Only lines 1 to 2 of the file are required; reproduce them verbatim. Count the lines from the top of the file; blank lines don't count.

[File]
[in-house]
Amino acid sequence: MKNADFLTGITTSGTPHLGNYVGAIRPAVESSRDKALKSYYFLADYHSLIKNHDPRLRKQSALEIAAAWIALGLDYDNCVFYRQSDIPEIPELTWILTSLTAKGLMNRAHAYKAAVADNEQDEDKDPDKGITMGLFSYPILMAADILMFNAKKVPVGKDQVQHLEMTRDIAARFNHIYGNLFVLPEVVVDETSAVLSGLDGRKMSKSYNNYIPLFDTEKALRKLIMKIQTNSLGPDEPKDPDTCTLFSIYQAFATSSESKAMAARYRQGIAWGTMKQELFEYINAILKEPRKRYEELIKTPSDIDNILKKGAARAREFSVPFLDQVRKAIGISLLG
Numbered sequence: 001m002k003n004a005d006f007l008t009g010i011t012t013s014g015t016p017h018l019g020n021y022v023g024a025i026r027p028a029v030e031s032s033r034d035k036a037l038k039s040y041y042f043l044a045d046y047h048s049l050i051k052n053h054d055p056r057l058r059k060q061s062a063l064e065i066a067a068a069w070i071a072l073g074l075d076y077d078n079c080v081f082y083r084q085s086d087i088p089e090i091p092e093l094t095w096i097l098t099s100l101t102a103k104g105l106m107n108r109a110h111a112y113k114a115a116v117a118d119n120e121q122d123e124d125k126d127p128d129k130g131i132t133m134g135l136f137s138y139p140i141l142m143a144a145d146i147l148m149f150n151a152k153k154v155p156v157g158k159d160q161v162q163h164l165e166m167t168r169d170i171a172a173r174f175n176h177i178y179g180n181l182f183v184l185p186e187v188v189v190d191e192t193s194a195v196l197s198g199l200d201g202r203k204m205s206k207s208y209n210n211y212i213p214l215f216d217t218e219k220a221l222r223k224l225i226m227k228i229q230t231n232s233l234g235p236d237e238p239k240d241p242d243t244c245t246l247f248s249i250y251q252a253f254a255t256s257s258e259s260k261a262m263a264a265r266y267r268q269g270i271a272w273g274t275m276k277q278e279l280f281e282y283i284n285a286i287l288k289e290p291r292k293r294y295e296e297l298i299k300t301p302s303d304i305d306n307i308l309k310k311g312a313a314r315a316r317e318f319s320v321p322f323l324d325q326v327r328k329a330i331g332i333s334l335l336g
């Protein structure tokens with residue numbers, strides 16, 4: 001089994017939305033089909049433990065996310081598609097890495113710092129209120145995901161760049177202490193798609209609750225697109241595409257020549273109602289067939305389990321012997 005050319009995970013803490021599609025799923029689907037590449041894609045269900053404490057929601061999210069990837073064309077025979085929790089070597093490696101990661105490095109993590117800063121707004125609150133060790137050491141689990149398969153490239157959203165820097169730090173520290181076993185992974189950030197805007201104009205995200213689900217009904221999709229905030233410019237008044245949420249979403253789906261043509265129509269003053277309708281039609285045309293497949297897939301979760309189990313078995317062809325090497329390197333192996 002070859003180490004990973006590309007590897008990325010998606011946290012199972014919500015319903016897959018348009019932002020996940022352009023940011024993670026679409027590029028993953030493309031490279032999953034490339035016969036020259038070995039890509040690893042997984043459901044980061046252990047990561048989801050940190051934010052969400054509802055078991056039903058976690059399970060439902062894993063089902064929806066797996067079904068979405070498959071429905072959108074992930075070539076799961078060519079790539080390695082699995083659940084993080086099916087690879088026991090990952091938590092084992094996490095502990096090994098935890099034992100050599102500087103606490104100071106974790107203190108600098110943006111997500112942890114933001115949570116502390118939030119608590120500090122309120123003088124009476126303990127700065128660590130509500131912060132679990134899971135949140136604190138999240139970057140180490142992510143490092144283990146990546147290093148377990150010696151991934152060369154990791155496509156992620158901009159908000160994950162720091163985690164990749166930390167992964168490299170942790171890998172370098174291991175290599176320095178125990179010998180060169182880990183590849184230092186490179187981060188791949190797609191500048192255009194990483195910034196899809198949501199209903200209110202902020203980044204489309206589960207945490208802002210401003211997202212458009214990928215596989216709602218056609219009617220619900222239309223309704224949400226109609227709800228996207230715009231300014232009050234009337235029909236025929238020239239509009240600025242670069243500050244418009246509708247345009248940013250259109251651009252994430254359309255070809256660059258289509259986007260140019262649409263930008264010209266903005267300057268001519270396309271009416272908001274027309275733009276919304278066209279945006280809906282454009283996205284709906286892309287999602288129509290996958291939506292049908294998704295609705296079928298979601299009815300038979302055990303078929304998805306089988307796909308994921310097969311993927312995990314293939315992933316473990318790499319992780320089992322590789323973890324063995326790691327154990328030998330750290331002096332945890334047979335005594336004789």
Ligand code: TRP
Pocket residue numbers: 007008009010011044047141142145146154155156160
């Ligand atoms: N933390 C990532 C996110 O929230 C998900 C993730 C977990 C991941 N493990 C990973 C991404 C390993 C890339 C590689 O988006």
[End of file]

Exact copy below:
[in-house]
Amino acid sequence: MKNADFLTGITTSGTPHLGNYVGAIRPAVESSRDKALKSYYFLADYHSLIKNHDPRLRKQSALEIAAAWIALGLDYDNCVFYRQSDIPEIPELTWILTSLTAKGLMNRAHAYKAAVADNEQDEDKDPDKGITMGLFSYPILMAADILMFNAKKVPVGKDQVQHLEMTRDIAARFNHIYGNLFVLPEVVVDETSAVLSGLDGRKMSKSYNNYIPLFDTEKALRKLIMKIQTNSLGPDEPKDPDTCTLFSIYQAFATSSESKAMAARYRQGIAWGTMKQELFEYINAILKEPRKRYEELIKTPSDIDNILKKGAARAREFSVPFLDQVRKAIGISLLG